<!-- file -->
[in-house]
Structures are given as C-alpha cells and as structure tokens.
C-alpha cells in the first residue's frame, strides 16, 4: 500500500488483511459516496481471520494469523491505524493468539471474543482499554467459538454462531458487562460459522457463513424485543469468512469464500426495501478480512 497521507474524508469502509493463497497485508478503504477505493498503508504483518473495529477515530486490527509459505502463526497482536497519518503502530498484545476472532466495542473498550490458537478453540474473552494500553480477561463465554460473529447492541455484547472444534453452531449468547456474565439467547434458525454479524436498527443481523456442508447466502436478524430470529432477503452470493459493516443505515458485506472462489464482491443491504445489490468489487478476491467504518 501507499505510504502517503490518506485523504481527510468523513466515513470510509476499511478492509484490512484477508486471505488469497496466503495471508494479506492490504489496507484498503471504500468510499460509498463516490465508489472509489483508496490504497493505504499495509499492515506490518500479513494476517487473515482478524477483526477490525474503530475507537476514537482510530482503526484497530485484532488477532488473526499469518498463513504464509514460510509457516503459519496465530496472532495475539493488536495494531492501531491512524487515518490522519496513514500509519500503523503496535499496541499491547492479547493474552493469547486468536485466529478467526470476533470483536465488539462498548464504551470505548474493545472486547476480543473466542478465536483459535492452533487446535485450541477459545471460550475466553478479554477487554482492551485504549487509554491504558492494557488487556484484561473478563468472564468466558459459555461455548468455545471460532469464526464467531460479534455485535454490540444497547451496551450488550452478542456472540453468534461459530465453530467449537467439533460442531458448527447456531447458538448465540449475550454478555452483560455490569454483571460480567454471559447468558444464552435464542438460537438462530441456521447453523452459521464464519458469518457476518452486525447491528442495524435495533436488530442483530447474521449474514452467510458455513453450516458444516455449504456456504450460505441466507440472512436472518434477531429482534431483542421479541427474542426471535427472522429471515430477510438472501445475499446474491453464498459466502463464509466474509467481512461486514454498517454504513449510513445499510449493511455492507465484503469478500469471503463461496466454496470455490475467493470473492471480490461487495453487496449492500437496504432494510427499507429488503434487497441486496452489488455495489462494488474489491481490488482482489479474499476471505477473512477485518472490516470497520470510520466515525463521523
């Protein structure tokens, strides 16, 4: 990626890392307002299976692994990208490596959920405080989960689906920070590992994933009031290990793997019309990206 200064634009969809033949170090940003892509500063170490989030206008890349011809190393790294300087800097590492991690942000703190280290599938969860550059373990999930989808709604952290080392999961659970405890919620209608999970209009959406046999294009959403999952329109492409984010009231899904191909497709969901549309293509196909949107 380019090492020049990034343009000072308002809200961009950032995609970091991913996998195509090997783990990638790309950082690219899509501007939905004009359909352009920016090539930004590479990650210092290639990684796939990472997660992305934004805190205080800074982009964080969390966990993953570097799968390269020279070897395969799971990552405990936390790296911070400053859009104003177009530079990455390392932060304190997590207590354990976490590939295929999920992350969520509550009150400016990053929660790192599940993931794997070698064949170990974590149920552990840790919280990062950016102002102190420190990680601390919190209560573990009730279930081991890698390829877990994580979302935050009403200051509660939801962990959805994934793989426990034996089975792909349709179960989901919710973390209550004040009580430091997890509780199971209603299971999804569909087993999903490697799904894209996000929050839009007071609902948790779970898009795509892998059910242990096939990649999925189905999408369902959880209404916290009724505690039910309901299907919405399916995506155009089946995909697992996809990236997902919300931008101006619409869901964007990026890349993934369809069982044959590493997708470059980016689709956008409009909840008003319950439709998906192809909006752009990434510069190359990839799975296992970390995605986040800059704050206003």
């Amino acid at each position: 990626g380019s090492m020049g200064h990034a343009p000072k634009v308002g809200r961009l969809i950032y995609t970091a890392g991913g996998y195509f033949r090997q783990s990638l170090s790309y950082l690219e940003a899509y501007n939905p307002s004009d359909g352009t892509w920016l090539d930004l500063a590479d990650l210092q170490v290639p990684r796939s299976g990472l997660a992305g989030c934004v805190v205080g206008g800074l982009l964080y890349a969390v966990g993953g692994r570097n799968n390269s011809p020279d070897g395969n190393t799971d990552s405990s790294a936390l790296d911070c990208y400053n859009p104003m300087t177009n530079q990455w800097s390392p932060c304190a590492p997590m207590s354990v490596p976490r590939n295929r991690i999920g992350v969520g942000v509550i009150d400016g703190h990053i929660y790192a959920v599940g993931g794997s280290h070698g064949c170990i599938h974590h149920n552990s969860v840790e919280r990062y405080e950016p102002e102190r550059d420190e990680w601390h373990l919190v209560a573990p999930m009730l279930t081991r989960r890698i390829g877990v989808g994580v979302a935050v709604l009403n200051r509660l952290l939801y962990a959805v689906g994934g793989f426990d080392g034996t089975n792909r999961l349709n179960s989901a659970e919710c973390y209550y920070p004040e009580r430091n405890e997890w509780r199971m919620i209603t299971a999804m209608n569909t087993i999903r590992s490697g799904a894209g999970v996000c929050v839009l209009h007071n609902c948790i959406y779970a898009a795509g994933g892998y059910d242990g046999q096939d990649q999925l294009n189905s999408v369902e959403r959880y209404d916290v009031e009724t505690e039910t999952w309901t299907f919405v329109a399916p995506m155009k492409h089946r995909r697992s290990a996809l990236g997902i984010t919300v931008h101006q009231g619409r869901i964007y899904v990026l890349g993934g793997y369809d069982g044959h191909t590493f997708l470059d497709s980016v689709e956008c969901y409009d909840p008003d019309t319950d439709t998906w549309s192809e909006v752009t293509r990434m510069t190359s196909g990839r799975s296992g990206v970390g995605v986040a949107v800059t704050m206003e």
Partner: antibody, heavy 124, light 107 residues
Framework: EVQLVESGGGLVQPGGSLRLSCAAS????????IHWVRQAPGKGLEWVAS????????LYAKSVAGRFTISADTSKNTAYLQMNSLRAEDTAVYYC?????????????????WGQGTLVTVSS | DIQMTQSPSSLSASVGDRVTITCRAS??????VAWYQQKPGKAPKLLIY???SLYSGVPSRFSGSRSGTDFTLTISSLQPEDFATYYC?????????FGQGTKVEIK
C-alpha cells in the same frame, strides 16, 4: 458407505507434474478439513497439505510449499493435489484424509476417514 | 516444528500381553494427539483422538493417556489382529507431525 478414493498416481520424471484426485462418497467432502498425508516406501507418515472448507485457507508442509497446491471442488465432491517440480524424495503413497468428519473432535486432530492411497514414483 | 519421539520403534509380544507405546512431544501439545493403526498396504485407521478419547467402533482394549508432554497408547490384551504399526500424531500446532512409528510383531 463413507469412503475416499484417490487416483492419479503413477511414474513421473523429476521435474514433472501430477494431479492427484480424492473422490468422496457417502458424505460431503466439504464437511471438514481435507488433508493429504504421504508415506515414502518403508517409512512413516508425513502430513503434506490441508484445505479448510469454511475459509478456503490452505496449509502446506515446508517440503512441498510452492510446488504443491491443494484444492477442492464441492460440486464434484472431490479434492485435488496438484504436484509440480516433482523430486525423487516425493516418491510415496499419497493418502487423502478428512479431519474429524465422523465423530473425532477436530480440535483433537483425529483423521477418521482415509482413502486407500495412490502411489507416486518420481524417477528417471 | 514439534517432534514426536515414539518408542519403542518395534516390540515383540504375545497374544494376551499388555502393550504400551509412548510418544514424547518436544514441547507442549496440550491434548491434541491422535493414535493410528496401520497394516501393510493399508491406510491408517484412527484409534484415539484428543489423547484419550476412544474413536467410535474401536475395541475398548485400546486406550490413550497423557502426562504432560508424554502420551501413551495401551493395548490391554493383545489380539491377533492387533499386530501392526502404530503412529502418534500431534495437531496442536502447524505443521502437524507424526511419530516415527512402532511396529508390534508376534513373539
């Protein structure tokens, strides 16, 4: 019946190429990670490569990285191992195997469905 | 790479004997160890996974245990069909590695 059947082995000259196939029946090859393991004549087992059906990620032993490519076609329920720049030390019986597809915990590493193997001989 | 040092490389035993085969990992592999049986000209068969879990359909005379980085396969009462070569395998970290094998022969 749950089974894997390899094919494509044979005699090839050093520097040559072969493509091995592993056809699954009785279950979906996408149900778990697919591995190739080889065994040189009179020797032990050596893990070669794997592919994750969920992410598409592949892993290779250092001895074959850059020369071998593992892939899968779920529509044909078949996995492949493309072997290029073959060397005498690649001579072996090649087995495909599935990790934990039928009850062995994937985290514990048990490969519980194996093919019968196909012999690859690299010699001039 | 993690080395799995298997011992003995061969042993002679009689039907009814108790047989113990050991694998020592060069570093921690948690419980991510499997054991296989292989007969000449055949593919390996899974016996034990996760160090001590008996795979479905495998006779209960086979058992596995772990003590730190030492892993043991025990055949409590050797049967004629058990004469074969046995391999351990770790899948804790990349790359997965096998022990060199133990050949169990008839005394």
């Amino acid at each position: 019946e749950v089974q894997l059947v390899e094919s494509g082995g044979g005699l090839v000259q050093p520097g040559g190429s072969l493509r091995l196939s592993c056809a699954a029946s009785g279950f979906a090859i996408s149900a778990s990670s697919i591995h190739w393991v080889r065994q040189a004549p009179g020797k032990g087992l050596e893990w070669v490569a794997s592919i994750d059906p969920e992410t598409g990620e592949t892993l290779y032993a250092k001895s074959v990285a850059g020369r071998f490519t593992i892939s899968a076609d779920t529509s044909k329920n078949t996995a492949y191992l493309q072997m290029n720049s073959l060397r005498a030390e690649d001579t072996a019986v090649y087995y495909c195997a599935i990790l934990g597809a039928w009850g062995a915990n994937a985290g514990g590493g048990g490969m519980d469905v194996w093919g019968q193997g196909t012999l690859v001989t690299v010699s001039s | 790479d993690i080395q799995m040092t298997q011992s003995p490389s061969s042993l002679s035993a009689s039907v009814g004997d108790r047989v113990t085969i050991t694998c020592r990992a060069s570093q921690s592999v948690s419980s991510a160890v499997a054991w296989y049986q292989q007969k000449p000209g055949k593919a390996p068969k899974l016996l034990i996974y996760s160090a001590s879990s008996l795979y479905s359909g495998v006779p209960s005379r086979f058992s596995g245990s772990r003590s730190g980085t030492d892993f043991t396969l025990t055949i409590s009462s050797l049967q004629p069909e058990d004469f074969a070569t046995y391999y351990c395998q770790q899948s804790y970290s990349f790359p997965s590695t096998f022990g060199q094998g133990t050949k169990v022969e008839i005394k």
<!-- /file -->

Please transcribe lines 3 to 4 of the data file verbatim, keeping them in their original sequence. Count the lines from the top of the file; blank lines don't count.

C-alpha cells in the first residue's frame, strides 16, 4: 500500500488483511459516496481471520494469523491505524493468539471474543482499554467459538454462531458487562460459522457463513424485543469468512469464500426495501478480512 497521507474524508469502509493463497497485508478503504477505493498503508504483518473495529477515530486490527509459505502463526497482536497519518503502530498484545476472532466495542473498550490458537478453540474473552494500553480477561463465554460473529447492541455484547472444534453452531449468547456474565439467547434458525454479524436498527443481523456442508447466502436478524430470529432477503452470493459493516443505515458485506472462489464482491443491504445489490468489487478476491467504518 501507499505510504502517503490518506485523504481527510468523513466515513470510509476499511478492509484490512484477508486471505488469497496466503495471508494479506492490504489496507484498503471504500468510499460509498463516490465508489472509489483508496490504497493505504499495509499492515506490518500479513494476517487473515482478524477483526477490525474503530475507537476514537482510530482503526484497530485484532488477532488473526499469518498463513504464509514460510509457516503459519496465530496472532495475539493488536495494531492501531491512524487515518490522519496513514500509519500503523503496535499496541499491547492479547493474552493469547486468536485466529478467526470476533470483536465488539462498548464504551470505548474493545472486547476480543473466542478465536483459535492452533487446535485450541477459545471460550475466553478479554477487554482492551485504549487509554491504558492494557488487556484484561473478563468472564468466558459459555461455548468455545471460532469464526464467531460479534455485535454490540444497547451496551450488550452478542456472540453468534461459530465453530467449537467439533460442531458448527447456531447458538448465540449475550454478555452483560455490569454483571460480567454471559447468558444464552435464542438460537438462530441456521447453523452459521464464519458469518457476518452486525447491528442495524435495533436488530442483530447474521449474514452467510458455513453450516458444516455449504456456504450460505441466507440472512436472518434477531429482534431483542421479541427474542426471535427472522429471515430477510438472501445475499446474491453464498459466502463464509466474509467481512461486514454498517454504513449510513445499510449493511455492507465484503469478500469471503463461496466454496470455490475467493470473492471480490461487495453487496449492500437496504432494510427499507429488503434487497441486496452489488455495489462494488474489491481490488482482489479474499476471505477473512477485518472490516470497520470510520466515525463521523
């Protein structure tokens, strides 16, 4: 990626890392307002299976692994990208490596959920405080989960689906920070590992994933009031290990793997019309990206 200064634009969809033949170090940003892509500063170490989030206008890349011809190393790294300087800097590492991690942000703190280290599938969860550059373990999930989808709604952290080392999961659970405890919620209608999970209009959406046999294009959403999952329109492409984010009231899904191909497709969901549309293509196909949107 380019090492020049990034343009000072308002809200961009950032995609970091991913996998195509090997783990990638790309950082690219899509501007939905004009359909352009920016090539930004590479990650210092290639990684796939990472997660992305934004805190205080800074982009964080969390966990993953570097799968390269020279070897395969799971990552405990936390790296911070400053859009104003177009530079990455390392932060304190997590207590354990976490590939295929999920992350969520509550009150400016990053929660790192599940993931794997070698064949170990974590149920552990840790919280990062950016102002102190420190990680601390919190209560573990009730279930081991890698390829877990994580979302935050009403200051509660939801962990959805994934793989426990034996089975792909349709179960989901919710973390209550004040009580430091997890509780199971209603299971999804569909087993999903490697799904894209996000929050839009007071609902948790779970898009795509892998059910242990096939990649999925189905999408369902959880209404916290009724505690039910309901299907919405399916995506155009089946995909697992996809990236997902919300931008101006619409869901964007990026890349993934369809069982044959590493997708470059980016689709956008409009909840008003319950439709998906192809909006752009990434510069190359990839799975296992970390995605986040800059704050206003």